Nature and conservation
Today the Manawatu Gorge Scenic Reserve and surrounds is part of an inter-agency biodiversity project that will see DOC, Horizons Regional Council, Palmerston North City Council, Rangitaane, Tararua District Council, On Track, Transit and Ashhurst Action Group work together to protect the native flora and fauna of this special area.
History and culture
The formation of the Tararua and Ruahine ranges began about 1.5 million years ago. The rising of the greywacke ranges combined with erosion by the river has formed the steep gorges which exist today.
In the past the gorge was a formidable barrier to west-east travel. Known as Te-Apiti, the gorge was travelled by Maori who would haul their canoes upstream through the rapids.
Beginning as a surveyor’s line, by 1872 a “road” existed but was a perilous trip for coaches. Travellers had to cross the river by punt or take an aerial trip using a cageway, pulley and wire system suspended high above the river.
The railway through the gorge was contracted for in 1886. Men worked in large gangs shovelling metal winched up from the river. The line was completed in 1891 and the first train over it carried 1500 passengers in eighteen double carriages.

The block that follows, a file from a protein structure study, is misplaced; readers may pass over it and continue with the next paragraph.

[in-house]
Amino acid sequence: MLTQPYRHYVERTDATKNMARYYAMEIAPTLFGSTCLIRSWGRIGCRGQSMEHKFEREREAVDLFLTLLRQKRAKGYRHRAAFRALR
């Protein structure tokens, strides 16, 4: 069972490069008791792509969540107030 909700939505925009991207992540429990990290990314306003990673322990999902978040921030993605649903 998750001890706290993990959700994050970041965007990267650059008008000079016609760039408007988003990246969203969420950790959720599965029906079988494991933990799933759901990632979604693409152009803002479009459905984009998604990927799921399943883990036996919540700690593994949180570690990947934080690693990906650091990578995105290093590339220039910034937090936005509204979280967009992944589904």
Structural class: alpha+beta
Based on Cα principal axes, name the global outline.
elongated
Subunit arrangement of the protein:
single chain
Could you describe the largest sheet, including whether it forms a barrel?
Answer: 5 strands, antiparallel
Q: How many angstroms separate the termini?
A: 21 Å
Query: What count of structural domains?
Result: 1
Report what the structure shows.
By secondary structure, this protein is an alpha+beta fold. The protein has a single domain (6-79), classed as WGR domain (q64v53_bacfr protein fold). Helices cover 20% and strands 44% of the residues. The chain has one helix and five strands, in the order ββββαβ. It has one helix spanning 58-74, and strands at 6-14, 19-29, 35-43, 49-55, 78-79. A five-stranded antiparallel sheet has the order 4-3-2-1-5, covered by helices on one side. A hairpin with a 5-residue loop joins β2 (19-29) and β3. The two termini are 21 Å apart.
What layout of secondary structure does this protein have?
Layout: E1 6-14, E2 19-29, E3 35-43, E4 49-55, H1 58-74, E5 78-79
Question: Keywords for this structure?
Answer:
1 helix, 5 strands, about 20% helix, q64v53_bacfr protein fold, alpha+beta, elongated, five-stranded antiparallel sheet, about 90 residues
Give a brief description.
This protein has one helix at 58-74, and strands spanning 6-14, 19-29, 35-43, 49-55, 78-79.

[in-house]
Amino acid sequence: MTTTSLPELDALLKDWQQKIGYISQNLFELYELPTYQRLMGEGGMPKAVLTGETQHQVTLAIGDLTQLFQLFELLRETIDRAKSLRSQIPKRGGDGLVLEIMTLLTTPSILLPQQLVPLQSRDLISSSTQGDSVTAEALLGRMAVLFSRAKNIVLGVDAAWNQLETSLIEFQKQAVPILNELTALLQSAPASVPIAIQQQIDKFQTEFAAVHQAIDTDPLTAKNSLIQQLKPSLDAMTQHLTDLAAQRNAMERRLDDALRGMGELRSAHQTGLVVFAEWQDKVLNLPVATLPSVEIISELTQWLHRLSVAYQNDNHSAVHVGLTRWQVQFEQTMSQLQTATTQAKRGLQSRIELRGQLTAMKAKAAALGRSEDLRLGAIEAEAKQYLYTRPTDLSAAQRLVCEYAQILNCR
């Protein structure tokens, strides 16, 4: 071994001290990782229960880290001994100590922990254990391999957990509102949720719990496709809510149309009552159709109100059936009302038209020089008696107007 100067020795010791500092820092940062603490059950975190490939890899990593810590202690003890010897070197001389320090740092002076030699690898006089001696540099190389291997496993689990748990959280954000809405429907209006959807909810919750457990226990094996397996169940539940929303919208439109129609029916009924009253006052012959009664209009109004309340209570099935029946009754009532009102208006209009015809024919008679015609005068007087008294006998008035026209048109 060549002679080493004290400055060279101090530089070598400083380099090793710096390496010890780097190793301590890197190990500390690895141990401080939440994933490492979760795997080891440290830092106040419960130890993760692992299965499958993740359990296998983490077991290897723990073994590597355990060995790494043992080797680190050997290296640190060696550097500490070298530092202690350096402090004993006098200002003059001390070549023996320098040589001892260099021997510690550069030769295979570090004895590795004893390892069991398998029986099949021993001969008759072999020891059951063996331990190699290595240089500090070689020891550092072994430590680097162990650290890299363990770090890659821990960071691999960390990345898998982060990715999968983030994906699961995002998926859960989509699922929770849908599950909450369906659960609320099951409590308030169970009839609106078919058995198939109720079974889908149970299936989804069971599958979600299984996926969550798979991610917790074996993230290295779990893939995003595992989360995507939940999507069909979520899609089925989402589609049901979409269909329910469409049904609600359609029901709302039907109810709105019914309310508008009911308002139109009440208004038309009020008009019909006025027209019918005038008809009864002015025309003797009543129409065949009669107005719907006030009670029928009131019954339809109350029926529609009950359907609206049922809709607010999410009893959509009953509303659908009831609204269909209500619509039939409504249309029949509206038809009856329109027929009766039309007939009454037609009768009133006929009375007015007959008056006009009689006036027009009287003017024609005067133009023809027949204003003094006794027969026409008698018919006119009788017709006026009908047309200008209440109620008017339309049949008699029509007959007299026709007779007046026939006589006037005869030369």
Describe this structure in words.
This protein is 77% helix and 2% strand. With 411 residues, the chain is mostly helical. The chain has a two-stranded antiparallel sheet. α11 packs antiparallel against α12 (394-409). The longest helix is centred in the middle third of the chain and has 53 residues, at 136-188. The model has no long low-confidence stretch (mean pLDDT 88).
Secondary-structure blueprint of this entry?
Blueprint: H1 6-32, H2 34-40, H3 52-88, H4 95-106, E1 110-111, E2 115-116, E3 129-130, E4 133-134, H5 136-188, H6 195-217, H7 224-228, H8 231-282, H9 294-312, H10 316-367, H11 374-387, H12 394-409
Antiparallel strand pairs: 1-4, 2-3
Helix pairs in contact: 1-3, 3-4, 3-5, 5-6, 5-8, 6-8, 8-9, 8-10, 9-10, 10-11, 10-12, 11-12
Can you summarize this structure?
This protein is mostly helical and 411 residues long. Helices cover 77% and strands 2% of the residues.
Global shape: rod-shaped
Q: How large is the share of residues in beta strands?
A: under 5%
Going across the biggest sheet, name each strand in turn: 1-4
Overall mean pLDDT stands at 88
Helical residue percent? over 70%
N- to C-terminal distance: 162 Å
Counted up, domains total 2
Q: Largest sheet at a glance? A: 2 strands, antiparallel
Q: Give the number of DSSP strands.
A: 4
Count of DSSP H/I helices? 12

The Manawatu Gorge and Scenic Reserve form a link between the Manawatu province on the western side of the lower North Island and the northern Wairarapa province on the eastern side.
It is approximately 12 km from Palmerston North. Drive north-east on State Highway 3 to the carpark at the beginning of the Manawatu Gorge.
Know before you go
The road through the Manawatu Gorge is susceptible to slips during times of heavy rain. Surrounding hills are often covered in low cloud.
Pest control operation
DOC is carrying out possum and rodent control in the Manawatu Gorge Scenic Reserve (southern side), Woodville Ferry Reserve and adjoining private land. Find out more about the operation.